Why regional economies are suffering

By Jim Howard

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Retired farmer and former Rangitikei councillor Jim Howard
Retired farmer and former Rangitikei councillor Jim Howard

Regional economies have been going downhill for some years. Retired farmer and former Rangitikei councillor Jim Howard examines what's gone wrong.


The Government's big guns were in town two weeks ago announcing the findings of the much-vaunted Manawatu-Whanganui Regional Growth Strategy.

Minister of Economic Development Steven Joyce said: "You have a focus on this region which is a once-in-a-lifetime opportunity." Too true - this paper carried articles for years bemoaning the poor economic results from this.

When this strategy was announced last year, I hoped that, at long last, we would see a comprehensive and competent analysis of what has gone wrong with the regional economies. And what needed to be done to put them right.

I obtained a copy. No such recommendations. What a wasted opportunity.

I had the chance at the National Party regional conference in Palmerston North in May to put my concerns to Mr Joyce, who was leading a seminar on regional development.

He dismissed my concerns curtly, saying he was not interested in what had gone wrong -- he just wanted to find some projects for investment.

If the problems which have caused the regional rundown are not identified and corrected, what is the point in investing more money? Is this not a classic case of "throwing good money after bad"?

Practically all the new investment opportunities identified are export-oriented, so they need an export-friendly economy to be successful. It is exactly the lack of such an economy over recent decades that has caused the decline of our export industries and, with them, the regions where the bulk of these are based.

There are calls whenever regional development is discussed that regional centres need to attract more and new industry. What seems to escape these advisers is that every region is home to a substantial share of the country's major industry. This is farming, the "sunset industry" of Rogernomics times.

Over the past few years I have obtained figures from Beef & Lamb NZ showing the "real" incomes - that is, adjusted for inflation - of sheep and beef farming in the past three decades. A line through the average peaks and troughs shows a steady decline.

It is no surprise that so many sheep and beef farmers responded by converting to dairy. Unfortunately for them, the pot of white gold at the end of the rainbow evaporated, and they are now suffering.

Last year, at a Rangitikei District Council workshop to look at the then recently announced Regional Growth Strategy, we were given various economic figures. One illustrated the "growth" in GDP for the Rangitikei district relative to the rest of New Zealand. It didn't take a rocket scientist to recognise the remarkable similarity between the two downhill lines.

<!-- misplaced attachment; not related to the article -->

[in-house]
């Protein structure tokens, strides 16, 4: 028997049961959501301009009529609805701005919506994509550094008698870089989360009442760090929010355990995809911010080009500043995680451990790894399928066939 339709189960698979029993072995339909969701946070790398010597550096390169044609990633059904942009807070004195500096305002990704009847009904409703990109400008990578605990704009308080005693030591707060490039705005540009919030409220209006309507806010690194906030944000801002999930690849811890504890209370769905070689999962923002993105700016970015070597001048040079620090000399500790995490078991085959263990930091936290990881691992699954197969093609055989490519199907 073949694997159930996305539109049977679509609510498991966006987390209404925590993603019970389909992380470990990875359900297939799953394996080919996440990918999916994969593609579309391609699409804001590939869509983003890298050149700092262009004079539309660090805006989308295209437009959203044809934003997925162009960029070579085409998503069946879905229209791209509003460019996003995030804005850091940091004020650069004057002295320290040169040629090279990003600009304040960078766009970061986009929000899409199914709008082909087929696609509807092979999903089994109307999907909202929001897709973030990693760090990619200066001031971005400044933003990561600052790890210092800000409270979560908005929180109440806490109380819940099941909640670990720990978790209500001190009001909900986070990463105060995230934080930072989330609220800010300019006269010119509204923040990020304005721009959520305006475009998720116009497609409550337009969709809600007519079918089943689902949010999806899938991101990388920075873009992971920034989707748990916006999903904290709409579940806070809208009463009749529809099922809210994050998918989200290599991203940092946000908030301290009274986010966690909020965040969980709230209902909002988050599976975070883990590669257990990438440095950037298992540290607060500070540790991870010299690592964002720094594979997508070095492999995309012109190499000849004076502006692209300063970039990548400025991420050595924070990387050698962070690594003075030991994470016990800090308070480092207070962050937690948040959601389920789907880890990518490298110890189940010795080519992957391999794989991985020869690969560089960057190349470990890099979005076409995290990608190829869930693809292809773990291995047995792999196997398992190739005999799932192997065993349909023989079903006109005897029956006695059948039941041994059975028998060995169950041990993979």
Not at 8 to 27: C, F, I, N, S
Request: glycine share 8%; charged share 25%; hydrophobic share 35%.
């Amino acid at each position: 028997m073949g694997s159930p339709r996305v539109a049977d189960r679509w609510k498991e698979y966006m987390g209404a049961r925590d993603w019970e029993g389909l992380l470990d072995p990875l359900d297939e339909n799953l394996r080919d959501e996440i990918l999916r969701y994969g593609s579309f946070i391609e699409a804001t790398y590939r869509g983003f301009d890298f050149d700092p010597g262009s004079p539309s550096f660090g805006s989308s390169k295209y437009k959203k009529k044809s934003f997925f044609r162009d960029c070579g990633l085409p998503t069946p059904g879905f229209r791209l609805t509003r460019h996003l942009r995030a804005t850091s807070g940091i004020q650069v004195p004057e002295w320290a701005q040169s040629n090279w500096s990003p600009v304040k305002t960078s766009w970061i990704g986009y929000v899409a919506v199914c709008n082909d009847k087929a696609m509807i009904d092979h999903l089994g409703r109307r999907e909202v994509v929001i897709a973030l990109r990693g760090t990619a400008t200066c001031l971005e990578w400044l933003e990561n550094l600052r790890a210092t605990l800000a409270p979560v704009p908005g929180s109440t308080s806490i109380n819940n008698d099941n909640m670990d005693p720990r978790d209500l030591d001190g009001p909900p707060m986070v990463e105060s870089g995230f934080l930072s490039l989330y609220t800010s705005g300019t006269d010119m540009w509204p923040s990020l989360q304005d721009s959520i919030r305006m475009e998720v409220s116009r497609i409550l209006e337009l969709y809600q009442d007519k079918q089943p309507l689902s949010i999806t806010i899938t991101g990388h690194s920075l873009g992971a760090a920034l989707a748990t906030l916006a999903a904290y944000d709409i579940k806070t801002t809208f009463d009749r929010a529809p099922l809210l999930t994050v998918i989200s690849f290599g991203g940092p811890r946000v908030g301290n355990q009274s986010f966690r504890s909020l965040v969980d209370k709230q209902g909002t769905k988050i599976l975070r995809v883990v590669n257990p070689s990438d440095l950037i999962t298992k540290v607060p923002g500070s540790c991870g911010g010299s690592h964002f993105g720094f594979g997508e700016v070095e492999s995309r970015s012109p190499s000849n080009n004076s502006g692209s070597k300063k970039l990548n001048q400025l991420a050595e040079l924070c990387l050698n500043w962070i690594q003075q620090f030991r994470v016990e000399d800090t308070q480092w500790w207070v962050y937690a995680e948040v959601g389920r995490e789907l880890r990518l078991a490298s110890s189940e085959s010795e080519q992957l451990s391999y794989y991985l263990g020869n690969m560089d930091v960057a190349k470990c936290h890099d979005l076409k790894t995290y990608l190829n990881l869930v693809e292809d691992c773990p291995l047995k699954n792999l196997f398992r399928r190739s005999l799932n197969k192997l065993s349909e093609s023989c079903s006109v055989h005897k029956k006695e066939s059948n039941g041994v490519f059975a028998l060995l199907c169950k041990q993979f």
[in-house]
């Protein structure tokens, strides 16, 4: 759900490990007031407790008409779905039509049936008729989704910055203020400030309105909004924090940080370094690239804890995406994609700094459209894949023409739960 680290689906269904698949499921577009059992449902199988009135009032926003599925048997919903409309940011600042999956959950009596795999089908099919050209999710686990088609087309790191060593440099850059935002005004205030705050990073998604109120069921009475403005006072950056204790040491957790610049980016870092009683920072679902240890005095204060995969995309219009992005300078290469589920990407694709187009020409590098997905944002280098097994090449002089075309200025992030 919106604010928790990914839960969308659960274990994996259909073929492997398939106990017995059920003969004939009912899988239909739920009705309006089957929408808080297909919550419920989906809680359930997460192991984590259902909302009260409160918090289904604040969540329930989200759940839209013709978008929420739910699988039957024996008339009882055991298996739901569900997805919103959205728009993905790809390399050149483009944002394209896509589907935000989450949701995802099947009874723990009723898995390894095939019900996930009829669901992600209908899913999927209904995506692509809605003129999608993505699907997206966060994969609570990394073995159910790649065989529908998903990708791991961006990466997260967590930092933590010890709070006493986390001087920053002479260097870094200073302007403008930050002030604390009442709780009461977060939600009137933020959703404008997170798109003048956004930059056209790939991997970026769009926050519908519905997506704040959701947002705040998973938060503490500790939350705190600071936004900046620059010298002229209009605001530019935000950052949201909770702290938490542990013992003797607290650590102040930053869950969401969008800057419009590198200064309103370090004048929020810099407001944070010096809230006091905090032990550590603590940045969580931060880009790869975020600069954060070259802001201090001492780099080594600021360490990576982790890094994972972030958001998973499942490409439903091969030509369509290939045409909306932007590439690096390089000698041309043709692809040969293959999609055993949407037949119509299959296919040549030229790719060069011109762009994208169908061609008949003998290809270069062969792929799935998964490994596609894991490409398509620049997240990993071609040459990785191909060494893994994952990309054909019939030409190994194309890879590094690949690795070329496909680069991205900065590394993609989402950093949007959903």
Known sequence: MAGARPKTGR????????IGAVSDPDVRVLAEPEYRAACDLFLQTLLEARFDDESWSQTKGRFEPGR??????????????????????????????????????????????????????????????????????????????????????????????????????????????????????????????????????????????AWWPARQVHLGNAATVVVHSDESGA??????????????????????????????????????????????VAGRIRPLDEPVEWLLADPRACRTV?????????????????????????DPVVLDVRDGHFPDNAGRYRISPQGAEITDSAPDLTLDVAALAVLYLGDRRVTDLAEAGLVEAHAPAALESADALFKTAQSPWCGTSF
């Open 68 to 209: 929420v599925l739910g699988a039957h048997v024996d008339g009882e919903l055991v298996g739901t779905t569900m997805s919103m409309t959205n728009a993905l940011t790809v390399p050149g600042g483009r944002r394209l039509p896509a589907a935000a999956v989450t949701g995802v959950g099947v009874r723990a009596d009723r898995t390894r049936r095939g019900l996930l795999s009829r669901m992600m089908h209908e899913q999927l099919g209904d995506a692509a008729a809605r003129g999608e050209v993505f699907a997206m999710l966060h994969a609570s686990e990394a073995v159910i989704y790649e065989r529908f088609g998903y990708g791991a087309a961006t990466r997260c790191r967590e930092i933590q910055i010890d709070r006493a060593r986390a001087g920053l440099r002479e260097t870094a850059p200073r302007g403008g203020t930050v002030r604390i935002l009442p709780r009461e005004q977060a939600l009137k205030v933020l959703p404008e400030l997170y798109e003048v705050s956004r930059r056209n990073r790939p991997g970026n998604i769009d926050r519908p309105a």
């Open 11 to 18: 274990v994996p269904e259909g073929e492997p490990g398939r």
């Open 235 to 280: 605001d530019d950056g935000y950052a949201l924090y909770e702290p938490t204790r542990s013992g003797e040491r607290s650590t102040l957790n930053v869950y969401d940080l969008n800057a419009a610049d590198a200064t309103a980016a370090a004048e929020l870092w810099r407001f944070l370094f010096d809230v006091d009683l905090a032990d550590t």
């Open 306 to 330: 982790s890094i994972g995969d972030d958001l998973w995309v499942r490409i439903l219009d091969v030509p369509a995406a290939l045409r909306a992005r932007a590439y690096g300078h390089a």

Regional towns grew up in a symbiotic relationship with their surrounding countryside to service the needs of the surrounding population. So it continued for a century until the spending power of the countryside diminished and failed to support the businesses in the towns. As businesses failed, customers travelled further to meet their needs, and so the downhill spiral began.

Why? Since the afore-mentioned Rogernomics disaster, our economy has been bedevilled by either excessive inflation, or excessive interest rates to try to control that, and an excessively high exchange rate brought about by both. These have had a devastatingly adverse effect on export and manufacturing, which suffer from much the same pressures and are forced to compete with imports made very cheap by the high exchange rate.

Look at the long list of manufacturing firms which have gone out of business or "relocated" to Asia.

The focus of economic policy has been on controlling inflation, which had to happen, but not at the expense of all other facets of the economy.

Because of this preoccupation we now have the nonsense of the governor of the Reserve Bank trying to push inflation back up to the target range, because that is what his contract says he has to do.

What is needed is a much more balanced formula, which takes account of exports, national savings, consumption and productivity.

Whenever people talk of these macro-economic factors, most people put it in the too-hard basket, saying "we're just a small country in the midst of so many much greater players".

It is precisely because we are such a small country that we must do whatever we can to run our economy so it encourages export and competitive domestic industries.

Jim Howard is a trustee of the Lincoln-Westoe Trust which runs a training farm in the Rangitikei.

- Wanganui Chronicle

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